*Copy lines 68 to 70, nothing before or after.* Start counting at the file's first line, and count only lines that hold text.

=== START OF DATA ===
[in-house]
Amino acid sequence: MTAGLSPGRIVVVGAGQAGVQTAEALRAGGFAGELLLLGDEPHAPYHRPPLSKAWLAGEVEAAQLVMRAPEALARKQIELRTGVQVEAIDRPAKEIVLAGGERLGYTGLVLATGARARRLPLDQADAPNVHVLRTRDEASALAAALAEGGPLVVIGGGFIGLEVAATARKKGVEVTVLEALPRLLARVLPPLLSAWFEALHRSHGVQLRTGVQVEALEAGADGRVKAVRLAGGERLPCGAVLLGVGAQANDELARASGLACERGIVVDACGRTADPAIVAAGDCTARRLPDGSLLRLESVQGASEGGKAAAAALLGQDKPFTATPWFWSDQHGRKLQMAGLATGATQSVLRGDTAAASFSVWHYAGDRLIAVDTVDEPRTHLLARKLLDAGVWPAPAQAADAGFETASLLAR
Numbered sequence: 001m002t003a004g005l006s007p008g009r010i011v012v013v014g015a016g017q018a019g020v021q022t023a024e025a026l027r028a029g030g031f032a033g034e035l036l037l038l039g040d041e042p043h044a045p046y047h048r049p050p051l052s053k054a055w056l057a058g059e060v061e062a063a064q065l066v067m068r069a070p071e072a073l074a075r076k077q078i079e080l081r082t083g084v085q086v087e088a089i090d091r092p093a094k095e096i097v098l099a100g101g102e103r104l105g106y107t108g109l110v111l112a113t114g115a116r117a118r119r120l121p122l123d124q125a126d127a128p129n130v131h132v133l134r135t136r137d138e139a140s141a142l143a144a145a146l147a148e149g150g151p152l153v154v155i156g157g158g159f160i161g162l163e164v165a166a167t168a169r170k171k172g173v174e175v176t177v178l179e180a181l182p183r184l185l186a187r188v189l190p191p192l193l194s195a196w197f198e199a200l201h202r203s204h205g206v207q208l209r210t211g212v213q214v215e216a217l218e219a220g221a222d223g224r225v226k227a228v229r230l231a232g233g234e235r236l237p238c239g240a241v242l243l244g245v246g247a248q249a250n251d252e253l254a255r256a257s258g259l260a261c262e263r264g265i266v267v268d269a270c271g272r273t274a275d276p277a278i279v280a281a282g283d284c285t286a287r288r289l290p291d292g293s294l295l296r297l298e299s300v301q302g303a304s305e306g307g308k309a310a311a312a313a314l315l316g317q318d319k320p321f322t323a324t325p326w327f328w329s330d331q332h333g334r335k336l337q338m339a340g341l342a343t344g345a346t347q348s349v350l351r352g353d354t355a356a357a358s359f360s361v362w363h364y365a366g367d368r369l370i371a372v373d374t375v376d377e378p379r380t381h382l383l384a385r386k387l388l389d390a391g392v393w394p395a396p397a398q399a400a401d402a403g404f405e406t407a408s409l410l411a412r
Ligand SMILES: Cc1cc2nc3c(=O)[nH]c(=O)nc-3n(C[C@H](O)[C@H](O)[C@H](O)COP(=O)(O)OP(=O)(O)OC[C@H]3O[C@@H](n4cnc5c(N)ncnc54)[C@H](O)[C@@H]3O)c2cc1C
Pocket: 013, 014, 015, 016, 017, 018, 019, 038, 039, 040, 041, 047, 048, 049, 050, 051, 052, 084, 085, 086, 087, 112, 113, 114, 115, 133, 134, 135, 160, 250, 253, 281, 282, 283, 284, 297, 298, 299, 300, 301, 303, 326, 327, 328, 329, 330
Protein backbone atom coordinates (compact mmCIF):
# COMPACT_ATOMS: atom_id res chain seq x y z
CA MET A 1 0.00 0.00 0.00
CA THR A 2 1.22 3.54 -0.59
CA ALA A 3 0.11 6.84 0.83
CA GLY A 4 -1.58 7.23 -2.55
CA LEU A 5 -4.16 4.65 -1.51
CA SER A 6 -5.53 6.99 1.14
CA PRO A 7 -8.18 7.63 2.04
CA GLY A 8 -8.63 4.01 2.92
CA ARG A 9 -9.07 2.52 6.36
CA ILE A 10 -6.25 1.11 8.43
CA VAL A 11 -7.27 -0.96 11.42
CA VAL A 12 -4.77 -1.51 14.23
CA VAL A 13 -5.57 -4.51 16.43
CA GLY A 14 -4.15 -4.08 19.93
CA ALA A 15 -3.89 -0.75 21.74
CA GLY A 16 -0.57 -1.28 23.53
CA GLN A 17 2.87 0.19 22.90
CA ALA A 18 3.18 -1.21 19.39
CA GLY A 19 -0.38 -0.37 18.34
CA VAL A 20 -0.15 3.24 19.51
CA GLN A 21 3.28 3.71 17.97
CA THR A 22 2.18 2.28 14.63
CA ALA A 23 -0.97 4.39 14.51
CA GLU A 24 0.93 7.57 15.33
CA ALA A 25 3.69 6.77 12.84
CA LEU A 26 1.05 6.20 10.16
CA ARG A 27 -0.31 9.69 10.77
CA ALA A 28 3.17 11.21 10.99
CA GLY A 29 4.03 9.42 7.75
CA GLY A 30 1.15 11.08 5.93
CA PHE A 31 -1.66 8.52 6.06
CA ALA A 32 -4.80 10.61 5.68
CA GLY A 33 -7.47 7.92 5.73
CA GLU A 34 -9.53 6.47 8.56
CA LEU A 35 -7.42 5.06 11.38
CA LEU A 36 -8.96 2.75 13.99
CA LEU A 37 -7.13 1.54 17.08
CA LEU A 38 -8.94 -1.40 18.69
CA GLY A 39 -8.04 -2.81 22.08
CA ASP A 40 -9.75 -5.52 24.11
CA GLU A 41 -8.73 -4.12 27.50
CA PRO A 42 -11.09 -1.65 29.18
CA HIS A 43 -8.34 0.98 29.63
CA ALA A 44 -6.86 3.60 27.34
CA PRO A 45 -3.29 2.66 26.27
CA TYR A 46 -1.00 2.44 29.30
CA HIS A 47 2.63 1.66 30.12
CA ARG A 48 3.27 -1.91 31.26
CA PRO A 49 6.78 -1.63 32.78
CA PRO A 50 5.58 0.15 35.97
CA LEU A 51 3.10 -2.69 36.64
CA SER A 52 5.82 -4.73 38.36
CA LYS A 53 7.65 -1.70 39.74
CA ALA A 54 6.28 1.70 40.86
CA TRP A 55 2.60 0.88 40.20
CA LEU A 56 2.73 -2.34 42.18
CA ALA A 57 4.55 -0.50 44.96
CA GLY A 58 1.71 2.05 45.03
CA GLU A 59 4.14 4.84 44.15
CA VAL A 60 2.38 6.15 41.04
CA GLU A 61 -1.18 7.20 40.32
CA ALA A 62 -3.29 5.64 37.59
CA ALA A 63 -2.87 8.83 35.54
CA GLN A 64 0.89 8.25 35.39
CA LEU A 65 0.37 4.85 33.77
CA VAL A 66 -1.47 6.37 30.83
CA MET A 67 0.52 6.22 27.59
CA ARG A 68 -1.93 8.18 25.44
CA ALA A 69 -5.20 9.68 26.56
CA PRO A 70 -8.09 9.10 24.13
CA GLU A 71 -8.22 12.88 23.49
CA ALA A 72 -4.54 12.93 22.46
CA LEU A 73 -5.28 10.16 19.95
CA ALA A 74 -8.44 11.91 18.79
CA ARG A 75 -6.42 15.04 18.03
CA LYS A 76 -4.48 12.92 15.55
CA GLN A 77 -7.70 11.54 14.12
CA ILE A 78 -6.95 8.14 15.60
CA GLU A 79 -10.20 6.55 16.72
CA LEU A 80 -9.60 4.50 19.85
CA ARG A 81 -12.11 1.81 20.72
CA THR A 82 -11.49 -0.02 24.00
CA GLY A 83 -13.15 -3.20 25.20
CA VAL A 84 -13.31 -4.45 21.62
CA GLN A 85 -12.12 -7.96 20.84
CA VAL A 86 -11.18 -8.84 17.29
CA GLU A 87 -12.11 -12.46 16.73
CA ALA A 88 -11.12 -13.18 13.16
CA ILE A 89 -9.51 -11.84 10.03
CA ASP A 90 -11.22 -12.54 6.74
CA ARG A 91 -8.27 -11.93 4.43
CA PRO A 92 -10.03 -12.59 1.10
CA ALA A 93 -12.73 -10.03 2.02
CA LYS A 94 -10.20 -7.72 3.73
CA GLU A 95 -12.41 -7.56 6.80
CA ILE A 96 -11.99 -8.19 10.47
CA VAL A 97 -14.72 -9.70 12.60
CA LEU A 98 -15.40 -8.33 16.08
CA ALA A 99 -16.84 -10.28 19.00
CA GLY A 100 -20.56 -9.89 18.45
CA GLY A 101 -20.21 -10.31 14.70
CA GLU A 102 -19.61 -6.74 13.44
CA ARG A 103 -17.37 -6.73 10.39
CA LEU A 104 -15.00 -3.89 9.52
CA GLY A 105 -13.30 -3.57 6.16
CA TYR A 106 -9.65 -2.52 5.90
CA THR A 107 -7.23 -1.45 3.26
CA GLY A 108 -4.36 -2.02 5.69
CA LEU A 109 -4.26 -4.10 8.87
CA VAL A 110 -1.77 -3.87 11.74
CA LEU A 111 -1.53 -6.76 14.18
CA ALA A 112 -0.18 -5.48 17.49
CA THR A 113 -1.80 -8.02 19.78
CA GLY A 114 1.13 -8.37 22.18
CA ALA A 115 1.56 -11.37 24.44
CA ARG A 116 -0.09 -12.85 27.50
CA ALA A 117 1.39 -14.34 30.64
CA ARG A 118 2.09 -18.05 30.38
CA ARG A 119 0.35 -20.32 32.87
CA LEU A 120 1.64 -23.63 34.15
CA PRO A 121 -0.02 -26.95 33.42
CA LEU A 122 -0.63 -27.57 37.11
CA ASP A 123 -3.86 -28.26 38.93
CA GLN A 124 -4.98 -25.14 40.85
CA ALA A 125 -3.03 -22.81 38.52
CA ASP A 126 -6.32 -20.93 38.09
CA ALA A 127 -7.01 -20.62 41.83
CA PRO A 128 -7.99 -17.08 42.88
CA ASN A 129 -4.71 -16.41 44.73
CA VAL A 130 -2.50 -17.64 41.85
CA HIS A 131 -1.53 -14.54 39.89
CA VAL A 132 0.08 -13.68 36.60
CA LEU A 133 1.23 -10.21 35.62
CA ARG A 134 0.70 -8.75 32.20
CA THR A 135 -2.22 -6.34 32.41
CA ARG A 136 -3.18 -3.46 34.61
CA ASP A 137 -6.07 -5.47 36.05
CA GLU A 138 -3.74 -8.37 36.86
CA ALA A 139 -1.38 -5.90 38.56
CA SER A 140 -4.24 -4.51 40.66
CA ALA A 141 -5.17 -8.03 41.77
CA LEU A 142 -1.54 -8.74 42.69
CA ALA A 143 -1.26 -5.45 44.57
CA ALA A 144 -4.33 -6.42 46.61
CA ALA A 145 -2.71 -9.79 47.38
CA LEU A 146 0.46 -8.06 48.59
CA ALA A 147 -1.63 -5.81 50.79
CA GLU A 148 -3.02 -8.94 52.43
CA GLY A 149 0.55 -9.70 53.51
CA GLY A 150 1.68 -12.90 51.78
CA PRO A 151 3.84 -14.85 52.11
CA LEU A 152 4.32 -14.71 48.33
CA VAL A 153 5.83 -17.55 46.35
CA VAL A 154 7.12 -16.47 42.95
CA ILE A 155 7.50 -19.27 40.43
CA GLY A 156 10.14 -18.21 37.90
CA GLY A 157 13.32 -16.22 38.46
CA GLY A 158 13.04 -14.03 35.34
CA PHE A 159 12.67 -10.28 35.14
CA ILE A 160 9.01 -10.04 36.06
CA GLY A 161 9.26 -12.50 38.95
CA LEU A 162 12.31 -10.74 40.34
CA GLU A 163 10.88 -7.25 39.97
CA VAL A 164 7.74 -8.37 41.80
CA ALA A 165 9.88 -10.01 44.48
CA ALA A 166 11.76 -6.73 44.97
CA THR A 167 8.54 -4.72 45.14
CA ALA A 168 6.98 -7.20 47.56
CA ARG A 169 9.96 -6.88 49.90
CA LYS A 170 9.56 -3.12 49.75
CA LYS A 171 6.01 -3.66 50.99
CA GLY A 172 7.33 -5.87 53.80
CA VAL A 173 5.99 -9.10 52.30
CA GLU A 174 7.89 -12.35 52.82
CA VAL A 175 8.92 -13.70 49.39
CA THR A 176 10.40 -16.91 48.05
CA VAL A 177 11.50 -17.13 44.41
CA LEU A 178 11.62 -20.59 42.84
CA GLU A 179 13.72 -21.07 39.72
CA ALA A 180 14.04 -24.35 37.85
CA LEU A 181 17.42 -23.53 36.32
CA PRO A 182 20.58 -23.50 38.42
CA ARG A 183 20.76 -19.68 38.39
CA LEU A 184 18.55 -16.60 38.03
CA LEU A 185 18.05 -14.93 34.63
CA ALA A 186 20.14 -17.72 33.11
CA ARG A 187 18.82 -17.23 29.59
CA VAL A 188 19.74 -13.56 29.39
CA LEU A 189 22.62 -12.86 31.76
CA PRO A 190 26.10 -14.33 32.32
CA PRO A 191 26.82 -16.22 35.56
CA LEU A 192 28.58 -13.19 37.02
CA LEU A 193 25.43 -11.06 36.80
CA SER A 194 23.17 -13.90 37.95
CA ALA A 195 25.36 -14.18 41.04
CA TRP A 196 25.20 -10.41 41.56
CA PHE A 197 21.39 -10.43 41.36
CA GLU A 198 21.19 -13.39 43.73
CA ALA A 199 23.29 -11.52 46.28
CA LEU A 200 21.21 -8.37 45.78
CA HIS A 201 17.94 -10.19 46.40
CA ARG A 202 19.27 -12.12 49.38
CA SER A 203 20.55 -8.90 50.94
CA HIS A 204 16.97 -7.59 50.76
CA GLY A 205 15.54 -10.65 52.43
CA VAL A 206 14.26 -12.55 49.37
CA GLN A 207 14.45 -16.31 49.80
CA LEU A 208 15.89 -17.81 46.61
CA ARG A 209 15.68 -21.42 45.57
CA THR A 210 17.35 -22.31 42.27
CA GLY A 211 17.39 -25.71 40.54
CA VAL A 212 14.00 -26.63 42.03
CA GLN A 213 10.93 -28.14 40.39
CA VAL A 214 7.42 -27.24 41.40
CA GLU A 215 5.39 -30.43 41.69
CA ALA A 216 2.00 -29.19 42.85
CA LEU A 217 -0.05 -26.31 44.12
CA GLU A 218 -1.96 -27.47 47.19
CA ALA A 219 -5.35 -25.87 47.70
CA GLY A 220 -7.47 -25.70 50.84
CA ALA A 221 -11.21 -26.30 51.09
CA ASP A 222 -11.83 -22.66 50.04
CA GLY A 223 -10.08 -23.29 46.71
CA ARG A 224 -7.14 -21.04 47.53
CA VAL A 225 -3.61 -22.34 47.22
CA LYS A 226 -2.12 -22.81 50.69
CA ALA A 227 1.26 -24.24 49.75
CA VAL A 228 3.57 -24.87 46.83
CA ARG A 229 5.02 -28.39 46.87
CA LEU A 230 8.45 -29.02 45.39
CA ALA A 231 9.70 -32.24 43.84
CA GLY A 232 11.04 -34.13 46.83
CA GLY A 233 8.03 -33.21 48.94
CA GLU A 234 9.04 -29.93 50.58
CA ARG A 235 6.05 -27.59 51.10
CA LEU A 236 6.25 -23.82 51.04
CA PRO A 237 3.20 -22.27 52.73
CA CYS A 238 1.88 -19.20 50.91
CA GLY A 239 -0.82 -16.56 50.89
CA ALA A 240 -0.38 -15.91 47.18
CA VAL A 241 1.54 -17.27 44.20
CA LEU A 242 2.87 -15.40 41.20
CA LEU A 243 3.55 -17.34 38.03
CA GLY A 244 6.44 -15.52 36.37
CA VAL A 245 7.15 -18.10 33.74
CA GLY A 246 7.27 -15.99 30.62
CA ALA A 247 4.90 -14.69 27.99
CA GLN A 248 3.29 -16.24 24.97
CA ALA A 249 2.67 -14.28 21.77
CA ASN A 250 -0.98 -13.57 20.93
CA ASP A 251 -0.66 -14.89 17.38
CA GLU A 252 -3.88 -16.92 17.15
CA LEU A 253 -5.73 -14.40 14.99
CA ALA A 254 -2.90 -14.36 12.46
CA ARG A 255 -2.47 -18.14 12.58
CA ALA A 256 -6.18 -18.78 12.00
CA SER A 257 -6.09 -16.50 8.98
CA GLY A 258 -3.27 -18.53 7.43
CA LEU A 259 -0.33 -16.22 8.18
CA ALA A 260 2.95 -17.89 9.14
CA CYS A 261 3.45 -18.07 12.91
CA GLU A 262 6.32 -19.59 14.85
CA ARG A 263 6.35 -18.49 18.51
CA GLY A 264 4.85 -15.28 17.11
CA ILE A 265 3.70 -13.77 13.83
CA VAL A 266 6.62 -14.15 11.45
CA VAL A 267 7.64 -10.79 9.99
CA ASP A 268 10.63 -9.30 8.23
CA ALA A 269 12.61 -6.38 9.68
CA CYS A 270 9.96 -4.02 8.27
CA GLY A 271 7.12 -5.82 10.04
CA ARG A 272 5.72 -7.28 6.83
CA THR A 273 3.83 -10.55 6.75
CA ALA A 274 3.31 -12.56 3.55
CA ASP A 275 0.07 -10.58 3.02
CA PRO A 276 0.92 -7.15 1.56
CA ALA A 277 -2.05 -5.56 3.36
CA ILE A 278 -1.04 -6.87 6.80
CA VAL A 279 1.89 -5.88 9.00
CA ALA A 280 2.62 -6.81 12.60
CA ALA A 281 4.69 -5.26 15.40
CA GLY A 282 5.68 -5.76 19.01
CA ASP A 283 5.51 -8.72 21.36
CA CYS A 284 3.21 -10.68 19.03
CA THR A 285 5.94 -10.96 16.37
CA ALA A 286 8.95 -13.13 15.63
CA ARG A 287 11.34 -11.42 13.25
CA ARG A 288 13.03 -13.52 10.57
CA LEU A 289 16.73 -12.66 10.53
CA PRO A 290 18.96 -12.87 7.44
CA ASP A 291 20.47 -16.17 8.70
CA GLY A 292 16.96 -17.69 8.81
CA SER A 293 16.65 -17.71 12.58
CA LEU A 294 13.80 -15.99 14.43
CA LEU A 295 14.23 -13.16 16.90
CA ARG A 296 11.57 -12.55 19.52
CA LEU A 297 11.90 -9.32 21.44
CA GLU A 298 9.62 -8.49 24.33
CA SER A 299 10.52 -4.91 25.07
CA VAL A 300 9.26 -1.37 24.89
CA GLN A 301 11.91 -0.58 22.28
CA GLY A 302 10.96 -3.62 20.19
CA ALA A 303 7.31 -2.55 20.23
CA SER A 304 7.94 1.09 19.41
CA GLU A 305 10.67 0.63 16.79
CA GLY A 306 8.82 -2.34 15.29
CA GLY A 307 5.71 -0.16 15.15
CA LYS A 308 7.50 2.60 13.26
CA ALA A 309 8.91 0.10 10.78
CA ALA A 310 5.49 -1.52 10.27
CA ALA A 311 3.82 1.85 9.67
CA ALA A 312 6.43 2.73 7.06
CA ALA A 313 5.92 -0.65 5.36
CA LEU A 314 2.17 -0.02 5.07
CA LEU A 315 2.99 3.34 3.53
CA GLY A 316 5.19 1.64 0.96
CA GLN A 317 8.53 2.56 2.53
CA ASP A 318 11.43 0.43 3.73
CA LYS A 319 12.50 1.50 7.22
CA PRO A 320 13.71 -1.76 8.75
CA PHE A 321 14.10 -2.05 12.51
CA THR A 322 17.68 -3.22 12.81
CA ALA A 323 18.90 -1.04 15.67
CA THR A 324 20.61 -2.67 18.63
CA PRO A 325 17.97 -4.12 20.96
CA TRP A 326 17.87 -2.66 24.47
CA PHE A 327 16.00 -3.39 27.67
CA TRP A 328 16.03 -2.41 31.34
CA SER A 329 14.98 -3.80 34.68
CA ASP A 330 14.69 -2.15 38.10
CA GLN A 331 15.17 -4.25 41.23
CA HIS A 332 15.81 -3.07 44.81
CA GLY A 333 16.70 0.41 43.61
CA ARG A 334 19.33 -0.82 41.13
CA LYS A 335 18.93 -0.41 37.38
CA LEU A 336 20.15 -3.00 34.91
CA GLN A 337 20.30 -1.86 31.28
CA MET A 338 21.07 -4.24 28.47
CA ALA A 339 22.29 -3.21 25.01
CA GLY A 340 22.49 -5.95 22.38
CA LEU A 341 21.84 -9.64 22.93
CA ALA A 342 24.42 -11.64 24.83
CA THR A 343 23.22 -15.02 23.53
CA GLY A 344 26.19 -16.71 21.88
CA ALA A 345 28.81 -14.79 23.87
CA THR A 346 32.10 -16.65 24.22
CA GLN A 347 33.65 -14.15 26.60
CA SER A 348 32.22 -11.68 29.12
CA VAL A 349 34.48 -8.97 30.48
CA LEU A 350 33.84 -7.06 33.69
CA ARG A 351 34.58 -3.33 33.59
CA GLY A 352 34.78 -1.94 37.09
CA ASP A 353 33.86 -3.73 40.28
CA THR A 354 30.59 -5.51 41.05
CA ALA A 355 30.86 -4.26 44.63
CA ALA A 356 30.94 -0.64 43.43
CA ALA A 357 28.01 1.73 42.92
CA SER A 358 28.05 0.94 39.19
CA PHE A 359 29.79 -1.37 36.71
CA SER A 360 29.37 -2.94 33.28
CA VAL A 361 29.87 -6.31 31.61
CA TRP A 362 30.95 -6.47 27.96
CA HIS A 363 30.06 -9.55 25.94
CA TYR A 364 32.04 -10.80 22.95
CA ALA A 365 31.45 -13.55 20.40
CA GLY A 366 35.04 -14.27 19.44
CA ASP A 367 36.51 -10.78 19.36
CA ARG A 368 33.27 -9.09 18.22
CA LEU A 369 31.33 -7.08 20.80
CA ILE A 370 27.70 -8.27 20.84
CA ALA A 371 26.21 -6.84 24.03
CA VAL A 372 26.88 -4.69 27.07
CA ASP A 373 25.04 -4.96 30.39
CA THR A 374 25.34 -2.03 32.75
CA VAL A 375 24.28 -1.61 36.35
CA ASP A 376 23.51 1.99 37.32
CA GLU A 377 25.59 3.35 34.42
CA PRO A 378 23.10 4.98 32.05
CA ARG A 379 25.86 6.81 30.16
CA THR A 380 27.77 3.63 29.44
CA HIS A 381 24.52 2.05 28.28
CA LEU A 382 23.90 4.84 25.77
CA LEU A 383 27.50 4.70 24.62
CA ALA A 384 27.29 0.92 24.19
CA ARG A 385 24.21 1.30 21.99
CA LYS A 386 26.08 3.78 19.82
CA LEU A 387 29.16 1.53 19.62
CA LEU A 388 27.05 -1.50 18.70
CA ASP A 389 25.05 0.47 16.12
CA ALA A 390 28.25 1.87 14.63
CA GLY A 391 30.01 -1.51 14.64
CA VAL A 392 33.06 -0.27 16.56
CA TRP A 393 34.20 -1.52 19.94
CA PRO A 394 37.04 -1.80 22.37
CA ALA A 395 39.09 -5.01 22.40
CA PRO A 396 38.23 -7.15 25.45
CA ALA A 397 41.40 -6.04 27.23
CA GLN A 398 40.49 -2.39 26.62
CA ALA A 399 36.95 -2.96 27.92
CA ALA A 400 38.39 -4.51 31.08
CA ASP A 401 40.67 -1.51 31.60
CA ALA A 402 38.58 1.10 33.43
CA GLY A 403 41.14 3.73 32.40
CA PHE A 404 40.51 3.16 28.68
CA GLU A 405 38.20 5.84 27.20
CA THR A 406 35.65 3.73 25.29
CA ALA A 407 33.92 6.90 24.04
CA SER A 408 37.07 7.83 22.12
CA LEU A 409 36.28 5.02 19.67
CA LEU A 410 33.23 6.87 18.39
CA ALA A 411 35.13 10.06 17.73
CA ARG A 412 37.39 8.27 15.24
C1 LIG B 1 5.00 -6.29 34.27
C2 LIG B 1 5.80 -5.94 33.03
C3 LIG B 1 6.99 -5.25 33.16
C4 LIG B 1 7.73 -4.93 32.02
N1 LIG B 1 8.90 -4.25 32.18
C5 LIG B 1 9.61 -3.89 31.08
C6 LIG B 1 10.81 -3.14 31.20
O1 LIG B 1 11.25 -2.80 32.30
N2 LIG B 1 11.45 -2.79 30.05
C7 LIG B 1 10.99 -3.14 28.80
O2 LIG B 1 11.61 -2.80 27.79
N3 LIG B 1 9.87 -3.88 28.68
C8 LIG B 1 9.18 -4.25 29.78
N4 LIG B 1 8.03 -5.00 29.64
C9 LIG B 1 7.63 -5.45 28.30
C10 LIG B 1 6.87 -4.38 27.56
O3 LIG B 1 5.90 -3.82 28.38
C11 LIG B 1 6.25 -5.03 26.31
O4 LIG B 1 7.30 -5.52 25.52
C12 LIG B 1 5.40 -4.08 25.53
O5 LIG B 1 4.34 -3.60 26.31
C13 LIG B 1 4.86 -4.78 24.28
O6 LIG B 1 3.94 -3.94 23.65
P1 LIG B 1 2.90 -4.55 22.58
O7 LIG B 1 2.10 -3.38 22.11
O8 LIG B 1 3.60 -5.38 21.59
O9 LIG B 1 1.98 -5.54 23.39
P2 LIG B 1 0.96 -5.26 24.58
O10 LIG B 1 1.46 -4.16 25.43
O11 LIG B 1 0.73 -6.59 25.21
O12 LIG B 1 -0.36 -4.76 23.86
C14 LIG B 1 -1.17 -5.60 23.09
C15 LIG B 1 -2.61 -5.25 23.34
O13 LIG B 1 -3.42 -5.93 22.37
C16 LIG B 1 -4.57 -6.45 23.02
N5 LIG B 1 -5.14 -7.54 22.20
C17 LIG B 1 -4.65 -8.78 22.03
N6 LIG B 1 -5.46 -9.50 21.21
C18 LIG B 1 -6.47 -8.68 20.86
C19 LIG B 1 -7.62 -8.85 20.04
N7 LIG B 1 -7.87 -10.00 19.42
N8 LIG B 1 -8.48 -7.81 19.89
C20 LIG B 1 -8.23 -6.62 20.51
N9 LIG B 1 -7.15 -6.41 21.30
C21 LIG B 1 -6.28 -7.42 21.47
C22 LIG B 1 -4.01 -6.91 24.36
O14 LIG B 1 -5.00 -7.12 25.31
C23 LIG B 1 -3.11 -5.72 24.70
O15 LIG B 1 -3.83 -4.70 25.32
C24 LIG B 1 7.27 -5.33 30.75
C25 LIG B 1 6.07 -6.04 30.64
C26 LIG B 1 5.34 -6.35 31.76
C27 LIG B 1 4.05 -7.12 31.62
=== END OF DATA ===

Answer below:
CA GLU A 61 -1.18 7.20 40.32
CA ALA A 62 -3.29 5.64 37.59
CA ALA A 63 -2.87 8.83 35.54